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T1 - Unequal impact of age, percentage body fat, and serum testosterone concentrations on the somatotropic, IGF-I, and IGF-binding protein responses to a three-day intravenous growth hormone-releasing hormone pulsatile infusion in men

AU - Iranmanesh, Ali

AU - South, Steve

AU - Liem, Ay Yin

AU - Clemmons, David

AU - Thorner, Michael O.

AU - Weltman, Arthur

AU - Veldhuis, Johannes D

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N2 - We here investigate the potential rescue of the relative hyposomatotropism of aging and obesity by 3-day pulsatile GHRH infusions (i.v. bolus 0.33 μg/kg every 90 min) in 19 healthy men of varying ages (18 to 66 years) and body compositions (12 to 37% total body fat). Baseline (control) and GHRH-driven pulsatile GH secretion (in randomly ordered sessions) were quantitated by deconvolution analysis of 24-h (10-min sampling) serum GH concentration profiles measured in an ultrasensitive (threshold 0.005 μg/l) chemiluminescence assay. GHRH infusion significantly increased the mean (24-h) serum GH concentration (0.3 ± 0.1 basal vs 2.4 ± 0.4 μg/l treatment; P= 0.0001), total daily pulsatile GH production rate (21 ± 9.5 vs 97 ± 17 μg/l/day; P = 0.01), GH secretory burst frequency (11 ± 0.5 vs 17 ± 0.3 events/day; P= <0.01), and mass of GH released per burst (1.1 ± 0.4 vs 5.9 ± 1 μg/l; P<0.01), as well as serum IGF-I (261 ± 33 vs 436 ± 37 μg/l: P=0.005), insulin (45 ± 13 vs 79 ± 17 mU/l; P=0.0002), and IGF binding protein (IGFBP)-3 (3320 ± 107 vs 4320 ± 114 μg/l; P=0.001) concentrations, while decreasing IGFBP-1 levels (16 ± 1.2 vs 14 ± 0.09 μg/l; P= 0.02). Serum total testosterone and estradiol concentrations did not change. GHRH treatment also reduced the half-duration of GH secretory bursts, and increased the GH half-life. GHRH-stimulated 24-h serum GH concentrations and the mass of GH secreted per burst were correlated negatively with age (R[value]:P[value] = -0.67:0.002 and -0.58:0.009 respectively), and percentage body fat (R:P= -0.80:0.0001 and -0.65:0.005 respectively), but positively with serum testosterone concentrations (R:P= +0.55:0.016 and +0.53:0.019 respectively). GHRH-stimulated plasma IGF-I increments correlated negatively with age and body mass index, and positively with serum testosterone, but not with percentage body fat. Cosinor analysis disclosed persistent nyctohemeral rhythmicity of GH secretory burst mass (with significantly increased 24-h amplitude and mesor values) but unchanged acrophase during fixed pulsatile GHRH infusions, which suggests that both GHRH- and non-GHRH-dependent mechanisms can modulate the magnitude (but only non-GHRH mechanisms can modulate the timing) of somatotrope secretory activity differentially over a 24-h period. In summary, diminished GHRH action and/or non-GHRH-dependent mechanisms (e.g. somatostatin excess, putative endogenous growth hormone-releasing peptide deficiency etc.) probably underlie the hyposomatotropism of aging, (relative) obesity, and/or hypoandrogenemia. Preserved or increased tissue IGF-I responses to GHRH- stimulated GH secretion (albeit absolutely reduced, suggesting GHRH insensitivity in obesity) may distinguish the pathophysiology of adiposity- associated hyposomatotropism from that of healthy aging.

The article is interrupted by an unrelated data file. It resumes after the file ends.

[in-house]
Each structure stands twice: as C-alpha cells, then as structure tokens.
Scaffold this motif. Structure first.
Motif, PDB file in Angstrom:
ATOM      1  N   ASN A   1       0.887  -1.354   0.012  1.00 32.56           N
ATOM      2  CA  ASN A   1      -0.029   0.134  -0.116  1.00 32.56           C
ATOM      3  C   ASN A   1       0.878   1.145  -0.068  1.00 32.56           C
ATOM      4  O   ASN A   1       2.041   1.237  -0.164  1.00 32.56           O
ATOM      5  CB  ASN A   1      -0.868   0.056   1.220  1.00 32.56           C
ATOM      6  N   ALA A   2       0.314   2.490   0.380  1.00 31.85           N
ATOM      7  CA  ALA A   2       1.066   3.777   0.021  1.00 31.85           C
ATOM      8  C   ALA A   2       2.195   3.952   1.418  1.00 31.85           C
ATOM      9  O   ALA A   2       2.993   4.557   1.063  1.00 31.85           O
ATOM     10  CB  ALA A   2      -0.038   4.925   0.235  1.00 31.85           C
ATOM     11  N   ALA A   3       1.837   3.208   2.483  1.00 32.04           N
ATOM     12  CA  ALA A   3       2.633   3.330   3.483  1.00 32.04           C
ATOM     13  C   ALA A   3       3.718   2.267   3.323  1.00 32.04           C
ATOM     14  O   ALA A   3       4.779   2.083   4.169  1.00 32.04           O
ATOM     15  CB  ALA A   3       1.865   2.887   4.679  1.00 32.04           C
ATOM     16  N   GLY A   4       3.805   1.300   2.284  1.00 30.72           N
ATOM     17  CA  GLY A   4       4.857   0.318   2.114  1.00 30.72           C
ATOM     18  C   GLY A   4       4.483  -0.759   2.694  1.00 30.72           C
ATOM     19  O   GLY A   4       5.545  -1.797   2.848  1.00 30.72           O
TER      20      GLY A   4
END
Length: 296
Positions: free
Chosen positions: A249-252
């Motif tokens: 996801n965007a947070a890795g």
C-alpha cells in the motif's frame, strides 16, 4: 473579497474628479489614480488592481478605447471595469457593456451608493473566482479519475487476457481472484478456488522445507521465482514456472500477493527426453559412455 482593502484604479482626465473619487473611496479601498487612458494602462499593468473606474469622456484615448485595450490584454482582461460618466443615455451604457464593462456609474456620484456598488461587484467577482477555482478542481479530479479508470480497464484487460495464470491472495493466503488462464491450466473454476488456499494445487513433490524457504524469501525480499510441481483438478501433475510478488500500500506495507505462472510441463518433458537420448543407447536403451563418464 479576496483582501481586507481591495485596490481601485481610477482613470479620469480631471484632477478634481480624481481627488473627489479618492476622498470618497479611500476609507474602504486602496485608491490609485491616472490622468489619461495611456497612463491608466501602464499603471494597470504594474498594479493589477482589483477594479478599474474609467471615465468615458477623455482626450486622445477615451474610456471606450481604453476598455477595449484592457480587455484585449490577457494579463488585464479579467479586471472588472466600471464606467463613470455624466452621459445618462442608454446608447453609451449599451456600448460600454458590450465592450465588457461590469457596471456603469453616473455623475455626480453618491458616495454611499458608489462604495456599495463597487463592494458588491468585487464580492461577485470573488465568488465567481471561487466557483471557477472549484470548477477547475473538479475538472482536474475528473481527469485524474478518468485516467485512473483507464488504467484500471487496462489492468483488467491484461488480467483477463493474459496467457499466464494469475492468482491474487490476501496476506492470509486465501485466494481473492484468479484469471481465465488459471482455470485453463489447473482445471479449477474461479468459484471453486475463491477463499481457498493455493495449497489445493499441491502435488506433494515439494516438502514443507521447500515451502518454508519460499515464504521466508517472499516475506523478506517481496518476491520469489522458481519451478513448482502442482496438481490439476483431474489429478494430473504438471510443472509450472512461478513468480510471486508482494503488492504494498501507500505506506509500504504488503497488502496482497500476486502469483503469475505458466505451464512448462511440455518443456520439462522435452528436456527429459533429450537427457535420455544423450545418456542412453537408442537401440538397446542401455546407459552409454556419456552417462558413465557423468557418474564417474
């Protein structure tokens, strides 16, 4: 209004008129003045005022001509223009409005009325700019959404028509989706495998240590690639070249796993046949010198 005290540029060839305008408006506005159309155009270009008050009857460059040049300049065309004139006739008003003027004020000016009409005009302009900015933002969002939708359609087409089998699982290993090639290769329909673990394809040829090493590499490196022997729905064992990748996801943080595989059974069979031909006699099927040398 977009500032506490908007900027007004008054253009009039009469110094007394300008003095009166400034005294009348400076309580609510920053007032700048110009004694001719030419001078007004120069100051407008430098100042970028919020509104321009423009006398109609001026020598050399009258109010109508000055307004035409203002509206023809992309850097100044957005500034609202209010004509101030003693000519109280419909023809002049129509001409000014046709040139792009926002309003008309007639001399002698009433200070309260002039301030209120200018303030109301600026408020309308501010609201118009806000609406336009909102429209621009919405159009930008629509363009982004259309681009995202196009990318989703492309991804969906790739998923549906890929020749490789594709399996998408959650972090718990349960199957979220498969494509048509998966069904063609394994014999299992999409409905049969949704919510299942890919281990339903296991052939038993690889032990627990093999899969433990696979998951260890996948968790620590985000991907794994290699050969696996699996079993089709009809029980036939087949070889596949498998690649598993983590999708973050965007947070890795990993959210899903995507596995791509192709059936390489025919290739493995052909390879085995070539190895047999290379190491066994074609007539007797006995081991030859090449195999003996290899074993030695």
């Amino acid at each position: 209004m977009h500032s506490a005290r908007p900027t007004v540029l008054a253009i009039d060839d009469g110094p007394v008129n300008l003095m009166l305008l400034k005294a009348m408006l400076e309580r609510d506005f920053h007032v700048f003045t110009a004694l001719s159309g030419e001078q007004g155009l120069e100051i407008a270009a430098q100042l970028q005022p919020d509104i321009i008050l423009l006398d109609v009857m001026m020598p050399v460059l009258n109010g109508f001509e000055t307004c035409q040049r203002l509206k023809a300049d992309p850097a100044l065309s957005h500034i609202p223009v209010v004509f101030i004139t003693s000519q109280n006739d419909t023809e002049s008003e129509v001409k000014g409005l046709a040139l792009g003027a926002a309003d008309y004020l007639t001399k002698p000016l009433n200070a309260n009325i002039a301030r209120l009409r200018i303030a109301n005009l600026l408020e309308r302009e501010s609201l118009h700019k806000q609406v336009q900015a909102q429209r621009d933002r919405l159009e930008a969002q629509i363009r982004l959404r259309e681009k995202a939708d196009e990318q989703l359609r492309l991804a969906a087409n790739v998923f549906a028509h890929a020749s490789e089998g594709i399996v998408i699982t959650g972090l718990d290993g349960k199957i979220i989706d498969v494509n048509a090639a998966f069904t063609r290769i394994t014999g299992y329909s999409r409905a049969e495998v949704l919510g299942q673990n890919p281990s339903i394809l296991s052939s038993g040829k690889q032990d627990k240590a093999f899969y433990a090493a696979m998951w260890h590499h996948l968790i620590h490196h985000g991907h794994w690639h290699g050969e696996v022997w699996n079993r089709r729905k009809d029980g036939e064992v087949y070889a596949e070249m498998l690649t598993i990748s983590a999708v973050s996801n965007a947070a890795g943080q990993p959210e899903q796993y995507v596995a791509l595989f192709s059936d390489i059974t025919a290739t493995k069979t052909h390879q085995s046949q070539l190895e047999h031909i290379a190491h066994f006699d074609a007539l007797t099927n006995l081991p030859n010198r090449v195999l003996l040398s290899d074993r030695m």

AB - We here investigate the potential rescue of the relative hyposomatotropism of aging and obesity by 3-day pulsatile GHRH infusions (i.v. bolus 0.33 μg/kg every 90 min) in 19 healthy men of varying ages (18 to 66 years) and body compositions (12 to 37% total body fat). Baseline (control) and GHRH-driven pulsatile GH secretion (in randomly ordered sessions) were quantitated by deconvolution analysis of 24-h (10-min sampling) serum GH concentration profiles measured in an ultrasensitive (threshold 0.005 μg/l) chemiluminescence assay. GHRH infusion significantly increased the mean (24-h) serum GH concentration (0.3 ± 0.1 basal vs 2.4 ± 0.4 μg/l treatment; P= 0.0001), total daily pulsatile GH production rate (21 ± 9.5 vs 97 ± 17 μg/l/day; P = 0.01), GH secretory burst frequency (11 ± 0.5 vs 17 ± 0.3 events/day; P= <0.01), and mass of GH released per burst (1.1 ± 0.4 vs 5.9 ± 1 μg/l; P<0.01), as well as serum IGF-I (261 ± 33 vs 436 ± 37 μg/l: P=0.005), insulin (45 ± 13 vs 79 ± 17 mU/l; P=0.0002), and IGF binding protein (IGFBP)-3 (3320 ± 107 vs 4320 ± 114 μg/l; P=0.001) concentrations, while decreasing IGFBP-1 levels (16 ± 1.2 vs 14 ± 0.09 μg/l; P= 0.02). Serum total testosterone and estradiol concentrations did not change. GHRH treatment also reduced the half-duration of GH secretory bursts, and increased the GH half-life. GHRH-stimulated 24-h serum GH concentrations and the mass of GH secreted per burst were correlated negatively with age (R[value]:P[value] = -0.67:0.002 and -0.58:0.009 respectively), and percentage body fat (R:P= -0.80:0.0001 and -0.65:0.005 respectively), but positively with serum testosterone concentrations (R:P= +0.55:0.016 and +0.53:0.019 respectively). GHRH-stimulated plasma IGF-I increments correlated negatively with age and body mass index, and positively with serum testosterone, but not with percentage body fat. Cosinor analysis disclosed persistent nyctohemeral rhythmicity of GH secretory burst mass (with significantly increased 24-h amplitude and mesor values) but unchanged acrophase during fixed pulsatile GHRH infusions, which suggests that both GHRH- and non-GHRH-dependent mechanisms can modulate the magnitude (but only non-GHRH mechanisms can modulate the timing) of somatotrope secretory activity differentially over a 24-h period. In summary, diminished GHRH action and/or non-GHRH-dependent mechanisms (e.g. somatostatin excess, putative endogenous growth hormone-releasing peptide deficiency etc.) probably underlie the hyposomatotropism of aging, (relative) obesity, and/or hypoandrogenemia. Preserved or increased tissue IGF-I responses to GHRH- stimulated GH secretion (albeit absolutely reduced, suggesting GHRH insensitivity in obesity) may distinguish the pathophysiology of adiposity- associated hyposomatotropism from that of healthy aging.